Running on Empty: These Are the Hardest Items to Find in L.A.

As the supply chain goes insane, L.A. stores are suddenly selling out of everything from dog food to Dom Pérignon

Here’s a roundup of products that have been nearly impossible to secure at stores in L.A.:

Audio-Technica AT-LP 120

Amoeba Music co-owner Jim Henderson says he’s spinning his wheels trying to keep the Audio-Technica AT-LP 120, his best-selling turntable, in stock. And at Best Buys all across town, PlayStation 5 and other gaming consoles are also becoming impossible to find, thanks in part to global microchip shortages. Teenagers could soon be forced to play outside, and immature adults may have to find age-appropriate hobbies.


A Mercedes-Benz G550 will set you back $50,000 to $100,000 over the $132,800 sticker if you can find one, says a local Benz dealer. And delivery dates on new Teslas keep on slipping into the future. “We are hopeful it will ease up next year, but no one knows for sure,” says a Tesla rep. Meanwhile, El Sereno’s Cycle N Motion says it’s rationing what little bicycle inventory it can snag as manufacturers prioritize big-box stores. “You get what you can get,” says owner Estevan Preciado. And it’s not just land-locked vehicles that are hard to come by—used yachts have also become difficult to get, says local broker John Carello.

Photo by Getty Images

Finding precious pet food for Fido and Fluffy is definitely iffy, thanks to ingredient shortages and Asian-sourced brands marooned at the Port of Long Beach. Local dogs are having to go without the wildly popular treat Bully Sticks, according to the Healthy Spot pet store in Glendale. Housebreaking a puppy? Target’s training pads were recently sold out across town. Owners of felines, meanwhile, are contending with a dearth of high-end cat chow, especially Fancy Feast. Vons in East Hollywood has had stretches recently with no pet food for sale at all.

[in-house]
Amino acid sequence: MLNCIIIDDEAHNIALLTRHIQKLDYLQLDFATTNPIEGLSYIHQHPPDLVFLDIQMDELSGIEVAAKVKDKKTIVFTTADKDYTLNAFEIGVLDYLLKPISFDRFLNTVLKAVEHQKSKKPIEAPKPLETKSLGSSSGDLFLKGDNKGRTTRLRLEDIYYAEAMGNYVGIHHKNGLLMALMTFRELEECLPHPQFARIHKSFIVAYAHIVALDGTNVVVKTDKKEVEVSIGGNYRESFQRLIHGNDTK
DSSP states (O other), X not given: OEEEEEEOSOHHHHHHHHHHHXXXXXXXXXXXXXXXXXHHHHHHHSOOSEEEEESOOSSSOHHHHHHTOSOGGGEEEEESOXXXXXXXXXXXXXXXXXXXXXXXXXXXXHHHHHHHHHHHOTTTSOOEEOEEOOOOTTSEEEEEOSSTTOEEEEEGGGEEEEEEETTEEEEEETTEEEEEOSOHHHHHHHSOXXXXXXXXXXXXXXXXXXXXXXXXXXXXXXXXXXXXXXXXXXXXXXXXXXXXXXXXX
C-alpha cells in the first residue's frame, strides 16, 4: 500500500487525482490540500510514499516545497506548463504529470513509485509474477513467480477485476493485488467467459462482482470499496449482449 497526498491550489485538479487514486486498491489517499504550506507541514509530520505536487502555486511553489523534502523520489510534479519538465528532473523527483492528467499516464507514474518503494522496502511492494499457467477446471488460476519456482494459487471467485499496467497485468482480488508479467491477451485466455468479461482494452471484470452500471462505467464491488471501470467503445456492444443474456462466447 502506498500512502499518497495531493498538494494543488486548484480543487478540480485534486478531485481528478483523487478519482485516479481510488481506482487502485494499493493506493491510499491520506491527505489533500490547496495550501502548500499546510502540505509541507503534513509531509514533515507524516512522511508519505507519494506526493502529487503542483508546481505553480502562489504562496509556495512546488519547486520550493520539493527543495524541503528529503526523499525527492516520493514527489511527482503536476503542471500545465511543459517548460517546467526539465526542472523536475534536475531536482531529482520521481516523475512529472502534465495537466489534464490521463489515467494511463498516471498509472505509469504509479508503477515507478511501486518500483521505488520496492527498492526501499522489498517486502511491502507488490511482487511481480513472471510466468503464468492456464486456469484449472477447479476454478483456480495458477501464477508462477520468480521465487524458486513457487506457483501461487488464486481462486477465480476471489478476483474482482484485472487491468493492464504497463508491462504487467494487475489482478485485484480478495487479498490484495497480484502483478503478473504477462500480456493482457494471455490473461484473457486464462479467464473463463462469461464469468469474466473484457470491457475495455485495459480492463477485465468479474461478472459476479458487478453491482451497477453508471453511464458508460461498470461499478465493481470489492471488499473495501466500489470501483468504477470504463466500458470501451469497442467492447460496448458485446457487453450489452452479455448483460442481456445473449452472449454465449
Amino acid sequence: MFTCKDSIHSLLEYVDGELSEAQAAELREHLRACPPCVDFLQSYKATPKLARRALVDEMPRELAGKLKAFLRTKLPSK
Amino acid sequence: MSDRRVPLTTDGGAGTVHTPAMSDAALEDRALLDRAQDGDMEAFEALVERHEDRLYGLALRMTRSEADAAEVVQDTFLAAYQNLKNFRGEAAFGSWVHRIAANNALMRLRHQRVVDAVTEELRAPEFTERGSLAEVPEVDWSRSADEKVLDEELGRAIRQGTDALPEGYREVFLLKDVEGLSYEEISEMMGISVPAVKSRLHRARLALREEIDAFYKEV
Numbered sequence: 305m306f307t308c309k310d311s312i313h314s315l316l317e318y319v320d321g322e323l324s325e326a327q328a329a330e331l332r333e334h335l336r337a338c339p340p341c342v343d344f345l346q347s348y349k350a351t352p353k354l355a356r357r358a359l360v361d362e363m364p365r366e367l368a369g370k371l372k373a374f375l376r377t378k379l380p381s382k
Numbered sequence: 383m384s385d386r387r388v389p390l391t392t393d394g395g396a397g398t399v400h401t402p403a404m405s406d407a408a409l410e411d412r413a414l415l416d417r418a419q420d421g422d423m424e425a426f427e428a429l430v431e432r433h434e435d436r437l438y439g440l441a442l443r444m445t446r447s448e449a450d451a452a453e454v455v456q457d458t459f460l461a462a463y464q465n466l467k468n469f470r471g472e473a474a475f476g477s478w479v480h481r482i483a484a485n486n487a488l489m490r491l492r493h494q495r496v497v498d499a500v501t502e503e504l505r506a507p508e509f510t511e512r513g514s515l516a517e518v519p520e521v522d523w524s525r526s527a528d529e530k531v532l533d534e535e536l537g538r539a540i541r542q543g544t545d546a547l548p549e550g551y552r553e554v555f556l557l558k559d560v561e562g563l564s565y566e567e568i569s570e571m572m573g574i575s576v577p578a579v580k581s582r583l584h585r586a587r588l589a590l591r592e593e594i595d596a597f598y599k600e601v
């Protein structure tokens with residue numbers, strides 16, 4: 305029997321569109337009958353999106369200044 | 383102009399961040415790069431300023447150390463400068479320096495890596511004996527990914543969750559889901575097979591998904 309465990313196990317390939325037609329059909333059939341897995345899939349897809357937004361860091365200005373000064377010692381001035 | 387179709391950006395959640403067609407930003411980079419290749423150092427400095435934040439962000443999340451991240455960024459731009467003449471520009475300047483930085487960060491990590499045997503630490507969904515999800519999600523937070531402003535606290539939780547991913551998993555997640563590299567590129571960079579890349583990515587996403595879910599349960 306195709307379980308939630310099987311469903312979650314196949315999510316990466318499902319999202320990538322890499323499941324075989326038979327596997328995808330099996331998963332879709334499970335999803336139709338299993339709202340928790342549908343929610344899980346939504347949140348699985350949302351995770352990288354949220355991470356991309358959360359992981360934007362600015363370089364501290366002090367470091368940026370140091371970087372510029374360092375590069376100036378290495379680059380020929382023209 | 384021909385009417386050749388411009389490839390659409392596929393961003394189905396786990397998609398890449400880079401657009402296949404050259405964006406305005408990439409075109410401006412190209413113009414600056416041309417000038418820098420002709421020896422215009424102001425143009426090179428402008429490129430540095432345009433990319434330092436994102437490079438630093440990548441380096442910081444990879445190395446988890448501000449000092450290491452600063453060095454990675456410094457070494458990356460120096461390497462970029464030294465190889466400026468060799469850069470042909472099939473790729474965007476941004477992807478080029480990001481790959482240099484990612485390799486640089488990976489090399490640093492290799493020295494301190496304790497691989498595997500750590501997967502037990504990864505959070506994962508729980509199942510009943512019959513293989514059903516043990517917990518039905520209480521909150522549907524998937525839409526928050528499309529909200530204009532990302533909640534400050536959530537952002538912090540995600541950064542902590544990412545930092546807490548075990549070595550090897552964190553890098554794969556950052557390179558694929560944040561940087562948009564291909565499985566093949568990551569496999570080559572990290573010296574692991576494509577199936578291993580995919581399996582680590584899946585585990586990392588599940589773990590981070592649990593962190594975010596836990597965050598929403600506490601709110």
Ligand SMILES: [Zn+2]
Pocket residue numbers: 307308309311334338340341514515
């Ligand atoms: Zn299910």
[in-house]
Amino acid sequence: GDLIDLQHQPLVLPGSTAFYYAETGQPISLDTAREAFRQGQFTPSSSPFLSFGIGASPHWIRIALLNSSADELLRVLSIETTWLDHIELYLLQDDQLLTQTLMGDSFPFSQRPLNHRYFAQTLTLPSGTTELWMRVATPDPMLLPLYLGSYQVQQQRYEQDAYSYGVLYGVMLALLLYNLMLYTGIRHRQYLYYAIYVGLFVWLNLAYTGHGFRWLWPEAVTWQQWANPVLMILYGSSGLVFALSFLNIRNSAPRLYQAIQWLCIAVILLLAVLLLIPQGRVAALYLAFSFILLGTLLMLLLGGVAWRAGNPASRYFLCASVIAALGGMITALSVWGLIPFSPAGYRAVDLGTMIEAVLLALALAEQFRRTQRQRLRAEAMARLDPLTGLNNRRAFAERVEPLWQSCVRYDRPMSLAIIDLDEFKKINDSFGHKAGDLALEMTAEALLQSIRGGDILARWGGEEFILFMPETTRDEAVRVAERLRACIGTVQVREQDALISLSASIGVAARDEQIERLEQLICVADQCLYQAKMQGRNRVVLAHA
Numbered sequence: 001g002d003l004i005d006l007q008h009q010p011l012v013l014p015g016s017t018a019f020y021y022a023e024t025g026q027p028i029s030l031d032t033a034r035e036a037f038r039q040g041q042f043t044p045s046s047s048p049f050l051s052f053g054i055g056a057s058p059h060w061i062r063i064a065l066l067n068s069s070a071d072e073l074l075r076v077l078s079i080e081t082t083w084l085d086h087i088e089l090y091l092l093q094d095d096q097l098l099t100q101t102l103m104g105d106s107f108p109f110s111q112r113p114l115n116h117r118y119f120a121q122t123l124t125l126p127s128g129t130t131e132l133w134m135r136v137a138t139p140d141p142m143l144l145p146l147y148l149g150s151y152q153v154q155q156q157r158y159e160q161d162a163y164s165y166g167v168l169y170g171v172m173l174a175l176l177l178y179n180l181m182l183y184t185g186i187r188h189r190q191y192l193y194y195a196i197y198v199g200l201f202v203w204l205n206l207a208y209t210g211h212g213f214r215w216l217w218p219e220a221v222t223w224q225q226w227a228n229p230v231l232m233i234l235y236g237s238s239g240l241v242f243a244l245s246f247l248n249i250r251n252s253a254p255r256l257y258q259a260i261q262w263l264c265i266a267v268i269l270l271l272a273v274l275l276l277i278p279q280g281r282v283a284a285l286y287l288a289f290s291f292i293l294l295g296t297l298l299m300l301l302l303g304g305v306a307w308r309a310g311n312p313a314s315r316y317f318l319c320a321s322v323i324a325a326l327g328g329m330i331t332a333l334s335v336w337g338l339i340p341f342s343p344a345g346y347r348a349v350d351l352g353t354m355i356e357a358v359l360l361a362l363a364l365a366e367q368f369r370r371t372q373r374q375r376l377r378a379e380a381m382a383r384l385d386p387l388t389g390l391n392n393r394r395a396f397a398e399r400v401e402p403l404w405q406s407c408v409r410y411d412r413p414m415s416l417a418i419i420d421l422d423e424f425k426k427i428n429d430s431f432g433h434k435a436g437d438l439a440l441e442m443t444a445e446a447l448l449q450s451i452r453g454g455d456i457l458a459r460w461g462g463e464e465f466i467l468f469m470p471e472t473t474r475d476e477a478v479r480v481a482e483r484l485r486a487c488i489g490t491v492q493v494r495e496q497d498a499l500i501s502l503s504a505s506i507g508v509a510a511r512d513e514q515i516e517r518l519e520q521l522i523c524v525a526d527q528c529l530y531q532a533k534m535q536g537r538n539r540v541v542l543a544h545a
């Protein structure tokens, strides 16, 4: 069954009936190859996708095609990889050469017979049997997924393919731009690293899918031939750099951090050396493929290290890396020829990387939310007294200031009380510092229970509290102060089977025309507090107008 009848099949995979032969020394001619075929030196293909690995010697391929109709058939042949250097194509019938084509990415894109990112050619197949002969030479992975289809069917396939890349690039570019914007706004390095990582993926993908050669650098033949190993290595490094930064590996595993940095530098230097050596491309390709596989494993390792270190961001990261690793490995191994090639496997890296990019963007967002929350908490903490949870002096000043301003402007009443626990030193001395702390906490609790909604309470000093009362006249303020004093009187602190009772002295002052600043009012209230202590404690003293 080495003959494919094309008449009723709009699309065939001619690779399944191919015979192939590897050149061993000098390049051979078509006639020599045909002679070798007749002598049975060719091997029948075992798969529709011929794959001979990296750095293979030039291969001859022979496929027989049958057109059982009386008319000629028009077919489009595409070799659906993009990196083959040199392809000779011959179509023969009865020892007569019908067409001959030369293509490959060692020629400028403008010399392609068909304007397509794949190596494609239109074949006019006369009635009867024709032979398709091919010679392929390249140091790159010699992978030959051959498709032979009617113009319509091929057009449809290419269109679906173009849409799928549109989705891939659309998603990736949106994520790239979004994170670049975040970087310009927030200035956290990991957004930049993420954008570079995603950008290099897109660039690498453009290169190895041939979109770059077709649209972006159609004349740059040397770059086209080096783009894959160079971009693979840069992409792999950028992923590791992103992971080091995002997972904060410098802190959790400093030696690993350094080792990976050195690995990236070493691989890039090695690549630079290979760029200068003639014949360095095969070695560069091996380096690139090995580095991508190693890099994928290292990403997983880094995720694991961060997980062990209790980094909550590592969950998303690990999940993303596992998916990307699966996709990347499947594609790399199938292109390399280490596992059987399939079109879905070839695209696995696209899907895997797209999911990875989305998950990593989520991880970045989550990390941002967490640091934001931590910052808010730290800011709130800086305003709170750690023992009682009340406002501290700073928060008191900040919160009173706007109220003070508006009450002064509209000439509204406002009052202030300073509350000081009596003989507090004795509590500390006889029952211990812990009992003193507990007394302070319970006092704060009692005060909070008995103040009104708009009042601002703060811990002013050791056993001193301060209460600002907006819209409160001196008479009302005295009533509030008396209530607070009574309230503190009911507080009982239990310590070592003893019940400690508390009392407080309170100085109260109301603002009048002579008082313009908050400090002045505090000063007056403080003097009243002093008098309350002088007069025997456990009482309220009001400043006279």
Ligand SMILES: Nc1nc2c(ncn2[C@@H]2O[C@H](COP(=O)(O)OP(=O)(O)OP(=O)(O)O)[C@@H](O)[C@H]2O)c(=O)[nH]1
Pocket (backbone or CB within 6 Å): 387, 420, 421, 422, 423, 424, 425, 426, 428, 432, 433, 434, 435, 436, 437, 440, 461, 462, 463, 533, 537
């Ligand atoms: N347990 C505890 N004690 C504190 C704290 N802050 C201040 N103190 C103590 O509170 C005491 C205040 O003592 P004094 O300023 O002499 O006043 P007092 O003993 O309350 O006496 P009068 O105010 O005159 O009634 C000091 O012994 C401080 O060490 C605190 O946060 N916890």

“It’s a little bit of everything,” says Santa Monica custom-home builder Rocco Borgese. “We can’t get drawer slides for cabinets—I have to send guys to Arizona to get pool filters, motors, and heaters.” Even chemicals are running dry. Acute shortages of chlorine are drying up pools across the region and leading to porch thefts of deliveries. And, because of a shortage of certain pigments, blue paint has also gone missing. Even if the color of your choice is in stock, good luck getting your hands on the paint cans to put it in. Big-ticket appliances are challenging to acquire as well, putting a damper on home renovations. A Westsider who placed an order for a Sub-Zero fridge months ago was told she won’t actually be part of the cool crowd until next July.

Perhaps nothing is as terrifying as a lack of coffee, but that’s the reality we now face. “We’re short on cups, lids, sleeves, beans—you name it,” an Eastside Peet’s manager says. Starbucks was out of straws and green tea for a month. Elsewhere, fans of bucatini pasta and Thai eggplant report that both are hard to come by.

Everything from crutches to syringes are scarce. Wheelchair deliveries are backlogged up to eight months, says Preston Nguyenbui of Home Medical Supplies in Pasadena.

A lack of sheets at local hotels has those in the hospitality industry sleeping poorly. “I’ve never seen anything like this in 20 years—it’s so out of control,” laments Mark Verge, owner of Venice on the Beach and several other properties. “Every day, we’re on the phone, sourcing, pricing, getting hammered.”

Ullstein Bild via Getty Images

Speaking of hammered, Dom Pérignon, Veuve Clicquot, and Krug champagnes keep selling out at Wally’s in Santa Monica, presenting “continuting challenges,” according to a store rep. But, fear not, there will be bubbles for New Year’s, just from lesser-known producers. The rep says, “We have other brands.”

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